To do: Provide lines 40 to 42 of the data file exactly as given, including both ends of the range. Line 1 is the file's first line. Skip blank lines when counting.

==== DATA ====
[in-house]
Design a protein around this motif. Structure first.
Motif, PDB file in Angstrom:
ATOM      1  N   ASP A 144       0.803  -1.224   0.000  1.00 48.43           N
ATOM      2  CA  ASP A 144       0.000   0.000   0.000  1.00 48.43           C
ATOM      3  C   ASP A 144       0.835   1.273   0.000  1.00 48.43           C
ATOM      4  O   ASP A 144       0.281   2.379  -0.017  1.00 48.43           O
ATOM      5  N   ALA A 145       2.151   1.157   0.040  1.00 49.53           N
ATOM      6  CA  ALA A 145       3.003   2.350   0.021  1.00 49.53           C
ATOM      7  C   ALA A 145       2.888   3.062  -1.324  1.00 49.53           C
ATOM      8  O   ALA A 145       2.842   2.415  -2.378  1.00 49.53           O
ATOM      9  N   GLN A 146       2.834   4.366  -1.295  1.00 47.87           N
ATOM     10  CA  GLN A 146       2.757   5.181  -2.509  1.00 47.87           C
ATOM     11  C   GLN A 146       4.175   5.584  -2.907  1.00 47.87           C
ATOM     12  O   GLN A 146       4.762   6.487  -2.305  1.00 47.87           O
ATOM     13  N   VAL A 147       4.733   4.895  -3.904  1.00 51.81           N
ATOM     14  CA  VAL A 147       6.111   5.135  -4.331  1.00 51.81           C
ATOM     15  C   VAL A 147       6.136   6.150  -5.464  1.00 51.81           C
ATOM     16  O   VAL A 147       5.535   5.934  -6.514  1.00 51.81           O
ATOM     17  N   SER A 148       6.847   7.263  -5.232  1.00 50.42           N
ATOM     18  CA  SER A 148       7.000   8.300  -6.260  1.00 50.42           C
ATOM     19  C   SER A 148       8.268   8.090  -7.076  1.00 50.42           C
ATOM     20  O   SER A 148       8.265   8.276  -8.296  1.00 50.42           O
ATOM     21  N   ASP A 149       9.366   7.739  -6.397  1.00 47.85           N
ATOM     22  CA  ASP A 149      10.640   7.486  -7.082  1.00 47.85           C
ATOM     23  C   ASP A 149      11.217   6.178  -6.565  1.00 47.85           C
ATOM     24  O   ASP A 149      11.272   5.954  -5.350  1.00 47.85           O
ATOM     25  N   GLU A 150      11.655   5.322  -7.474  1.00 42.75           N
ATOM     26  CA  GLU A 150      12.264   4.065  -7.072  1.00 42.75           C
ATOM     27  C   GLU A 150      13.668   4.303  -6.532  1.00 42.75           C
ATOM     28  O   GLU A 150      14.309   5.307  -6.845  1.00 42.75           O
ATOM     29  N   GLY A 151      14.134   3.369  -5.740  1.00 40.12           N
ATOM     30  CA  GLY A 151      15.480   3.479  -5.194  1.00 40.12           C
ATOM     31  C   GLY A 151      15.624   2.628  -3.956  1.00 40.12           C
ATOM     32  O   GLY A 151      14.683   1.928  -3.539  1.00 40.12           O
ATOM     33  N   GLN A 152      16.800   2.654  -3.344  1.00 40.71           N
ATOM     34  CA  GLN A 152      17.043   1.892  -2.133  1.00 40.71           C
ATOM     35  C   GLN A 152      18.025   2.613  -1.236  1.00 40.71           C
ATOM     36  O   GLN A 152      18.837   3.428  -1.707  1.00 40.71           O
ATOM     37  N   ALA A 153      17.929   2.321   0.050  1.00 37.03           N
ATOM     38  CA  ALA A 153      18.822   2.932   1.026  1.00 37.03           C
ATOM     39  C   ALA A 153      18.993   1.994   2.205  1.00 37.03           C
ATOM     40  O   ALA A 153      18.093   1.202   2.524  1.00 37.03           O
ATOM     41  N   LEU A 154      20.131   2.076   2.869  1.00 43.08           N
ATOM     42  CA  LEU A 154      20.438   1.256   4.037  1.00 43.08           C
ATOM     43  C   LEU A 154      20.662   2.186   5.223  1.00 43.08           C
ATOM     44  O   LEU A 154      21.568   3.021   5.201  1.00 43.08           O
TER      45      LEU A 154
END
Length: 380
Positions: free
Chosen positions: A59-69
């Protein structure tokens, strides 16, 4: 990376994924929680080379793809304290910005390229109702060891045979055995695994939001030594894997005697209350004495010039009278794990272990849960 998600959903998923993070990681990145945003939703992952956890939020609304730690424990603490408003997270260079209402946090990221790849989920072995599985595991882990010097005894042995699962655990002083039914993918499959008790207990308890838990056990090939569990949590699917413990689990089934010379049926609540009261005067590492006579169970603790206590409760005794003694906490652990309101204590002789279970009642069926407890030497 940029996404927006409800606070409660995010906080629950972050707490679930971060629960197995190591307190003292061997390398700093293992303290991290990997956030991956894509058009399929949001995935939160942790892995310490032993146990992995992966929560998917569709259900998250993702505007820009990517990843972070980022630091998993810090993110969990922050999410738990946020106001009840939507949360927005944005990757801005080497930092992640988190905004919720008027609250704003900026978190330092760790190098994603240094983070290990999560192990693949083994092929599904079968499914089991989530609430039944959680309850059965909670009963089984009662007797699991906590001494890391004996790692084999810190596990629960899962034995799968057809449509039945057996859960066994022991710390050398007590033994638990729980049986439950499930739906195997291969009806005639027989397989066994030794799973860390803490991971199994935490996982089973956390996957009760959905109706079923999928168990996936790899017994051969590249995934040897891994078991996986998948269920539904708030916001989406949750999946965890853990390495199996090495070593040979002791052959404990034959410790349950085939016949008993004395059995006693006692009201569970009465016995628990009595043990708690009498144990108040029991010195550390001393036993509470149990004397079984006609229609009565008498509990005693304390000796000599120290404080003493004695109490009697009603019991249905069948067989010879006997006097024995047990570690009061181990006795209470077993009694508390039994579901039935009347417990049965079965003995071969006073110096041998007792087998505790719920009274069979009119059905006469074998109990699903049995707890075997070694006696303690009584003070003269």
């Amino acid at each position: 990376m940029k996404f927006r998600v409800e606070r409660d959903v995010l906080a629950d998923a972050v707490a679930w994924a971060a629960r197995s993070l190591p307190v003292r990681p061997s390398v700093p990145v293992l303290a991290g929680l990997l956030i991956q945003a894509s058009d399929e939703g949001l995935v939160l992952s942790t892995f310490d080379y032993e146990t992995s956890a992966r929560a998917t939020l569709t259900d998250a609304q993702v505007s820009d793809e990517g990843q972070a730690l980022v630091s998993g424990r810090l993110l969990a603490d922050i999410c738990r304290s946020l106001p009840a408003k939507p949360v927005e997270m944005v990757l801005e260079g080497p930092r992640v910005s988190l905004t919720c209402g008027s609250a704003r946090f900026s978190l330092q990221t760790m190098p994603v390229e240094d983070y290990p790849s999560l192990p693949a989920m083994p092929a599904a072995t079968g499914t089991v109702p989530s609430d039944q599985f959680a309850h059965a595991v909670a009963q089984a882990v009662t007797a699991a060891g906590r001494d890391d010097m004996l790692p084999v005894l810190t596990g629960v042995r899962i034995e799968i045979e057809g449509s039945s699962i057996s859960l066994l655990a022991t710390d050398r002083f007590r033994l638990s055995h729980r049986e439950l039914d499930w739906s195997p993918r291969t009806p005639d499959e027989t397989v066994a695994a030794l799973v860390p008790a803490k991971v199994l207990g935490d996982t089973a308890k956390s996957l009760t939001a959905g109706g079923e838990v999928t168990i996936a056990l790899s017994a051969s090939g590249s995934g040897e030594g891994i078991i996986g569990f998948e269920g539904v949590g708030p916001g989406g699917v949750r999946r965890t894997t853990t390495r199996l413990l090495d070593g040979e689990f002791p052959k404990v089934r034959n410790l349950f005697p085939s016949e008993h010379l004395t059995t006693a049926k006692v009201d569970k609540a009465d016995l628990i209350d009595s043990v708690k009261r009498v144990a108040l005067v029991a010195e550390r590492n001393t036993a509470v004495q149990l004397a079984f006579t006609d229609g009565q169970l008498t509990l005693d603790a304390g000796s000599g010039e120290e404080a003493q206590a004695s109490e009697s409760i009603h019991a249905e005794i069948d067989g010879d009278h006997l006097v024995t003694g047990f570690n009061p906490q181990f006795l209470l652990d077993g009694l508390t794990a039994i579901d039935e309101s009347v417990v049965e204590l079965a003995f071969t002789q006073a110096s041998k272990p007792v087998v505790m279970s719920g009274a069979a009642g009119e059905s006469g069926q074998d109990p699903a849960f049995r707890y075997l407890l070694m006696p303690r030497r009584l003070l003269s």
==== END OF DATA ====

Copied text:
ATOM     37  N   ALA A 153      17.929   2.321   0.050  1.00 37.03           N
ATOM     38  CA  ALA A 153      18.822   2.932   1.026  1.00 37.03           C
ATOM     39  C   ALA A 153      18.993   1.994   2.205  1.00 37.03           C